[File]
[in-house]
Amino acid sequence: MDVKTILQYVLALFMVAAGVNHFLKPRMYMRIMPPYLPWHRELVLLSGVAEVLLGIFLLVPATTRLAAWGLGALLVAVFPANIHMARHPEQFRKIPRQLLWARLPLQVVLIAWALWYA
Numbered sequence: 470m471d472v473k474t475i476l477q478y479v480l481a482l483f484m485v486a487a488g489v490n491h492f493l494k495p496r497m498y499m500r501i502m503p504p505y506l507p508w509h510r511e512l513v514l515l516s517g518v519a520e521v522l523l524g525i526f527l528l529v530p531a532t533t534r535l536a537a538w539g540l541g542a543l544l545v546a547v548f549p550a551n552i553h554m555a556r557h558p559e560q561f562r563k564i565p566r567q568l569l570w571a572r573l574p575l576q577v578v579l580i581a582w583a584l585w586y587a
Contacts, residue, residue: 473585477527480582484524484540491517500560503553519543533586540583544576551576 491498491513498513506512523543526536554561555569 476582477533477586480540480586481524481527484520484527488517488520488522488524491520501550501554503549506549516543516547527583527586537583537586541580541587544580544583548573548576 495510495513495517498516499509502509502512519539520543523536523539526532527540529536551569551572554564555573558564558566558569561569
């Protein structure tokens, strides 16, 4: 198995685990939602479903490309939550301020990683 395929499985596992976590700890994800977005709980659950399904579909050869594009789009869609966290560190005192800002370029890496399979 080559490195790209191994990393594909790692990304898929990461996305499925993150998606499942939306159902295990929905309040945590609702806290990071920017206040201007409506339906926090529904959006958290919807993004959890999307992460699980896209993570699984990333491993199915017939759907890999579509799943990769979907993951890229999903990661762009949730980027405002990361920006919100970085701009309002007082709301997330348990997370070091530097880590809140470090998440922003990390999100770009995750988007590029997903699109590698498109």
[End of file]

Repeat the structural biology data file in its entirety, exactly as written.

[in-house]
Amino acid sequence: MDVKTILQYVLALFMVAAGVNHFLKPRMYMRIMPPYLPWHRELVLLSGVAEVLLGIFLLVPATTRLAAWGLGALLVAVFPANIHMARHPEQFRKIPRQLLWARLPLQVVLIAWALWYA
Numbered sequence: 470m471d472v473k474t475i476l477q478y479v480l481a482l483f484m485v486a487a488g489v490n491h492f493l494k495p496r497m498y499m500r501i502m503p504p505y506l507p508w509h510r511e512l513v514l515l516s517g518v519a520e521v522l523l524g525i526f527l528l529v530p531a532t533t534r535l536a537a538w539g540l541g542a543l544l545v546a547v548f549p550a551n552i553h554m555a556r557h558p559e560q561f562r563k564i565p566r567q568l569l570w571a572r573l574p575l576q577v578v579l580i581a582w583a584l585w586y587a
Contacts, residue, residue: 473585477527480582484524484540491517500560503553519543533586540583544576551576 491498491513498513506512523543526536554561555569 476582477533477586480540480586481524481527484520484527488517488520488522488524491520501550501554503549506549516543516547527583527586537583537586541580541587544580544583548573548576 495510495513495517498516499509502509502512519539520543523536523539526532527540529536551569551572554564555573558564558566558569561569
């Protein structure tokens, strides 16, 4: 198995685990939602479903490309939550301020990683 395929499985596992976590700890994800977005709980659950399904579909050869594009789009869609966290560190005192800002370029890496399979 080559490195790209191994990393594909790692990304898929990461996305499925993150998606499942939306159902295990929905309040945590609702806290990071920017206040201007409506339906926090529904959006958290919807993004959890999307992460699980896209993570699984990333491993199915017939759907890999579509799943990769979907993951890229999903990661762009949730980027405002990361920006919100970085701009309002007082709301997330348990997370070091530097880590809140470090998440922003990390999100770009995750988007590029997903699109590698498109």